Welp, it’s been a month, and I’m six chapters down with twenty-four to go.
This, uh…this is not where I thought I would be.
But, as I said in the first post on editing, the process is slower than I expected. And that slower pace has been both consequent and generative of some new lessons, having to do with progress markers, reality checks, and self-compassion.
Lesson five: Segment your work
When I first moved out here, I was equal parts exhausted, bitter, and desperate for rejuvenation. Taking a self-enforced sabbatical from academics and throwing my whole heart into my novel was exactly what I needed. In fact, even if I hadn’t needed it, I’d make a case for the first draft of a creative project always getting that level of concerted effort and focus, where one day flows into the next.
Editing, however, is mechanical, precise, and largely task-oriented. It’s more about taking a section of writing, setting it on stage, watching it work (or fail), and fixing the problems.
Therefore you can move by scene or by chapter. You can follow one character thread through a few chapters. You can move out of order.
And I highly suggest that you do, or you’re going to get stuck somewhere–say Chapter 4 for completely random example–and beat your head against the wall until you feel like lighting all your characters on fire and cackling while they burn.
If you’ve segmented things, you can easily step back, go find a chapter or a scene you remember enjoying, or that you find is particularly well-written, and then breeze through a bit of easy editing to get your mojo back.
In order to segment properly, though, you need to…
Lesson six: Revisit your chapter divisions
Most first drafts are somewhere between 25 and 40% too long. A lot of that has to do with the fact that you’re still getting to know your characters and the ins and outs of your plot, so most chapters take extra time building up steam before they get into the action. And a lot of them will also have too much denouement or assessment at the end.
Start by cutting all the stuff that helped you keep track of where you were, but will bore readers.
I’m looking at you, ghost of Robert Jordan.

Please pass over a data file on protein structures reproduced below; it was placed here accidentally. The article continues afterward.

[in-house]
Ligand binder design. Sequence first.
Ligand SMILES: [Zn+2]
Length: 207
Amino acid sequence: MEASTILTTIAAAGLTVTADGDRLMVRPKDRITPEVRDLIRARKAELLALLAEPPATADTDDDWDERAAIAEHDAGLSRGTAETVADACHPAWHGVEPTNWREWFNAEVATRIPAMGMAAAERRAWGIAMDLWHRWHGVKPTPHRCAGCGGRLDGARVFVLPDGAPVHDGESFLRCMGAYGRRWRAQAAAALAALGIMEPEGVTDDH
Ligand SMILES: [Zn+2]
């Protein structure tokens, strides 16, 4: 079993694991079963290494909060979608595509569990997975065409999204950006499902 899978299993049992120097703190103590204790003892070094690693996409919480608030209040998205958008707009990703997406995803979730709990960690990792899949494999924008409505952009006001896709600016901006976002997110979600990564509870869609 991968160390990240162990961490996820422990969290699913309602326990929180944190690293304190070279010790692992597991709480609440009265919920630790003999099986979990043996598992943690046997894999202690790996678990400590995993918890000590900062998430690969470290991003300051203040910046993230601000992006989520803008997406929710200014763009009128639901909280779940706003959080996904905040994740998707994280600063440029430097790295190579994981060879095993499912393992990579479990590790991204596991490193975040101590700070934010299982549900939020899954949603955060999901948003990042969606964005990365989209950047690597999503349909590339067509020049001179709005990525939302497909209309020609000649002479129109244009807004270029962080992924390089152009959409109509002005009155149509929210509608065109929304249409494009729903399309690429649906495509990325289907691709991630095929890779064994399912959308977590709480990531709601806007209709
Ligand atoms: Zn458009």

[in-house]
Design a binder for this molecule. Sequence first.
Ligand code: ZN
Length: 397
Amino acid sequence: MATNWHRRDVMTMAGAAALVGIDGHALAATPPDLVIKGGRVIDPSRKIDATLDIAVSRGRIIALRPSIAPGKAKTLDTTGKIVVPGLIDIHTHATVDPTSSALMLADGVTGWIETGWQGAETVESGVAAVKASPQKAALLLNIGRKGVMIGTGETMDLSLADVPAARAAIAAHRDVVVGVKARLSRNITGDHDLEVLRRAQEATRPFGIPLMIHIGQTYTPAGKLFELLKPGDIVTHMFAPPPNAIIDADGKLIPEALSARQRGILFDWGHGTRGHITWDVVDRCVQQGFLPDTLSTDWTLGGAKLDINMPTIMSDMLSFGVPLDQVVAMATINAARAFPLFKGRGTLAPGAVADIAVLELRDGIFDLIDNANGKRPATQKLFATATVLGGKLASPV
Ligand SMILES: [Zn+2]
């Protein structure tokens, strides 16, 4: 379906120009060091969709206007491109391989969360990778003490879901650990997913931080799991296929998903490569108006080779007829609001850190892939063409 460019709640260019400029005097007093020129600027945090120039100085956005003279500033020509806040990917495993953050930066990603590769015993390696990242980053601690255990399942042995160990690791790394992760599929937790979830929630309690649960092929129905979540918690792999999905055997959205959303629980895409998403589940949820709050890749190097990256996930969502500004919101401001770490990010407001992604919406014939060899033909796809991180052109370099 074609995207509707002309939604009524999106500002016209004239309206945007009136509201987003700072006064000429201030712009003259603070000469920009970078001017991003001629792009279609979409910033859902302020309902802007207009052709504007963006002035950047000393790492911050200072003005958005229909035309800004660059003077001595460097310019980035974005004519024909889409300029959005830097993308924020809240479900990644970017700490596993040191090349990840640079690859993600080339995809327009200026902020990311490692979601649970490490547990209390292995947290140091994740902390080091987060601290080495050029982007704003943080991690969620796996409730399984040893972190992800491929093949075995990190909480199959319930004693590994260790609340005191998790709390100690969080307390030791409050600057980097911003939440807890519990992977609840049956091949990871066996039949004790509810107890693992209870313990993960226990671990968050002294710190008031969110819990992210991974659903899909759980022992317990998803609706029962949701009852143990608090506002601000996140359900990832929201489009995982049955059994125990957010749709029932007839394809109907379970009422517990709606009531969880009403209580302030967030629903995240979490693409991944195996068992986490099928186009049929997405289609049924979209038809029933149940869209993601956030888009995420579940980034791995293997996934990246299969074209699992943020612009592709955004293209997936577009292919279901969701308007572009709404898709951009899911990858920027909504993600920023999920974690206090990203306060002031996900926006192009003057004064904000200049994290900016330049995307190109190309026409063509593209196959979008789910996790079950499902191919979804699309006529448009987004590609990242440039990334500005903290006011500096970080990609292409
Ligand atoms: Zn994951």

Then, take what’s left and divide it into segments that have obvious beginnings and ends. And if you’re jumping viewpoints a lot, see if you can’t compile those chapter breaks into tighter bundles.
So, a really long chapter with three viewpoints might become three chapters. The end of one chapter might actually belong at the beginning of the next. Etc.
The end goal is to organize and compartmentalize your book, making it easier to navigate both for you and your eventual readers. Make it clean, make it sharp, and clarify your intentions–leave the mystery to the characters.
In the end, I went from twenty random, rambling chapters to thirty shorter, sharply delineated. And then–because I am a very visual person when it comes to tracking progress–I was able to make a chart:
Lesson seven: Make editing a part of your day, not the whole thing
If you’re an introverted writer like me, then when you’re writing, life sort of seems to slow down. You may still have to work, you may still visit friends or family, but the world you’re building will be transposed over everything, so that your real-world interactions take on a patina of other-worldliness. The best days in this formative time are the days you count by slanted sunlight hours, where you are isolated and jealously guarding your mental capacity.
Then, boom, you’re finished.
And you’re probably running low on funds. You might have put on some extra weight while you spent long hours at your desk. You need to call or write people to remind them that you are a person who is alive. And you likely have other projects or research that you pushed aside.
It’s all been waiting for you…
And you know what?
It means that you have varied skill sets and interests, people who care enough about you to let you do your writing thing, and a new set of goals to propel you through a fresh round of productivity.
But it also means that editing can’t be your whole life. Allocate it some hours each day, and then use the remainder to recapture holistic living.
For instance, for the past two weeks, I’ve been limiting my editing to four hours in the morning, no more, no less. After that I go for a run or a walk or work in the garden to reboot my day. And then I turn my afternoons and evenings over to business–tutoring, errands, cleaning, and, yes, the dissertation, which I’ve taken to calling the “Holloway Project.”
It also gets a chart:
And it’s all been going well!
So, yeah, the pace of editing is slower, but that’s primarily because I’m rounding out my approach to daily life and picking up all my old responsibilities again after a long period of privileged time off.